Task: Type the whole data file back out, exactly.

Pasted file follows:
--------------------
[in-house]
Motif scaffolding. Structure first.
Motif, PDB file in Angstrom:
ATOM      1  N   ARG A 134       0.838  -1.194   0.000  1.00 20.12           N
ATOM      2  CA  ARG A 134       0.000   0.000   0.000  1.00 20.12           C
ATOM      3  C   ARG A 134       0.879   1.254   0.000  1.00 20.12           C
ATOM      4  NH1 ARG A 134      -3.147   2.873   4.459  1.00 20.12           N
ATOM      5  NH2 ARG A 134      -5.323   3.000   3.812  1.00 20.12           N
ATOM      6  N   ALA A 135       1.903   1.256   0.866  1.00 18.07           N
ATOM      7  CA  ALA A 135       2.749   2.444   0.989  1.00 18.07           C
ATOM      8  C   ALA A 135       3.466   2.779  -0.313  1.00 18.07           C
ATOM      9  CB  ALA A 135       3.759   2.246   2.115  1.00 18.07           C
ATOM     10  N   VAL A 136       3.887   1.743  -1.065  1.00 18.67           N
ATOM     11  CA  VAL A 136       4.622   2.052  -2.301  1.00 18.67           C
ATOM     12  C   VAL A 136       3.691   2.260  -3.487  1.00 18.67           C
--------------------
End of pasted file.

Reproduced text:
[in-house]
Motif scaffolding. Structure first.
Motif, PDB file in Angstrom:
ATOM      1  N   ARG A 134       0.838  -1.194   0.000  1.00 20.12           N
ATOM      2  CA  ARG A 134       0.000   0.000   0.000  1.00 20.12           C
ATOM      3  C   ARG A 134       0.879   1.254   0.000  1.00 20.12           C
ATOM      4  NH1 ARG A 134      -3.147   2.873   4.459  1.00 20.12           N
ATOM      5  NH2 ARG A 134      -5.323   3.000   3.812  1.00 20.12           N
ATOM      6  N   ALA A 135       1.903   1.256   0.866  1.00 18.07           N
ATOM      7  CA  ALA A 135       2.749   2.444   0.989  1.00 18.07           C
ATOM      8  C   ALA A 135       3.466   2.779  -0.313  1.00 18.07           C
ATOM      9  CB  ALA A 135       3.759   2.246   2.115  1.00 18.07           C
ATOM     10  N   VAL A 136       3.887   1.743  -1.065  1.00 18.67           N
ATOM     11  CA  VAL A 136       4.622   2.052  -2.301  1.00 18.67           C
ATOM     12  C   VAL A 136       3.691   2.260  -3.487  1.00 18.67           C